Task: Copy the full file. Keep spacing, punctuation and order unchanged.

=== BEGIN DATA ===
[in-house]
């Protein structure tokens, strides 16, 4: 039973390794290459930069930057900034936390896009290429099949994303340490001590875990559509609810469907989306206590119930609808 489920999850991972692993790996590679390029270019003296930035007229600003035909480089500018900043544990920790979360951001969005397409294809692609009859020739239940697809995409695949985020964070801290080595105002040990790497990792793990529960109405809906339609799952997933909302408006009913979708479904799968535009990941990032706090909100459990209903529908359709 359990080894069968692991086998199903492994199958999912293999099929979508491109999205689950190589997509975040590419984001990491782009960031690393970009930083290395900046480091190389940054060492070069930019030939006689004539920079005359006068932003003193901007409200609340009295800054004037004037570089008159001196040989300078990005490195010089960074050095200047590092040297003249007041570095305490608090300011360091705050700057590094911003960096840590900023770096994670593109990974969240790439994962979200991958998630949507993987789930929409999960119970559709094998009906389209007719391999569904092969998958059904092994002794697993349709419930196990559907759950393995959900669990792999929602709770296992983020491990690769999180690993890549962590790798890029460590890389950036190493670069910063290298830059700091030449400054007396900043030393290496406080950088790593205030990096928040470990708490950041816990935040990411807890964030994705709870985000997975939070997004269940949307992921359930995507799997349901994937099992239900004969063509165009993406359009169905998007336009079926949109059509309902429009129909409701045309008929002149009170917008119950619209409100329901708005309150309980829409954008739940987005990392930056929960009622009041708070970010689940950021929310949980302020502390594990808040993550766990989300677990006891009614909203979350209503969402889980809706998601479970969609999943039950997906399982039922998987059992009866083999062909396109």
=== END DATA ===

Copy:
[in-house]
């Protein structure tokens, strides 16, 4: 039973390794290459930069930057900034936390896009290429099949994303340490001590875990559509609810469907989306206590119930609808 489920999850991972692993790996590679390029270019003296930035007229600003035909480089500018900043544990920790979360951001969005397409294809692609009859020739239940697809995409695949985020964070801290080595105002040990790497990792793990529960109405809906339609799952997933909302408006009913979708479904799968535009990941990032706090909100459990209903529908359709 359990080894069968692991086998199903492994199958999912293999099929979508491109999205689950190589997509975040590419984001990491782009960031690393970009930083290395900046480091190389940054060492070069930019030939006689004539920079005359006068932003003193901007409200609340009295800054004037004037570089008159001196040989300078990005490195010089960074050095200047590092040297003249007041570095305490608090300011360091705050700057590094911003960096840590900023770096994670593109990974969240790439994962979200991958998630949507993987789930929409999960119970559709094998009906389209007719391999569904092969998958059904092994002794697993349709419930196990559907759950393995959900669990792999929602709770296992983020491990690769999180690993890549962590790798890029460590890389950036190493670069910063290298830059700091030449400054007396900043030393290496406080950088790593205030990096928040470990708490950041816990935040990411807890964030994705709870985000997975939070997004269940949307992921359930995507799997349901994937099992239900004969063509165009993406359009169905998007336009079926949109059509309902429009129909409701045309008929002149009170917008119950619209409100329901708005309150309980829409954008739940987005990392930056929960009622009041708070970010689940950021929310949980302020502390594990808040993550766990989300677990006891009614909203979350209503969402889980809706998601479970969609999943039950997906399982039922998987059992009866083999062909396109």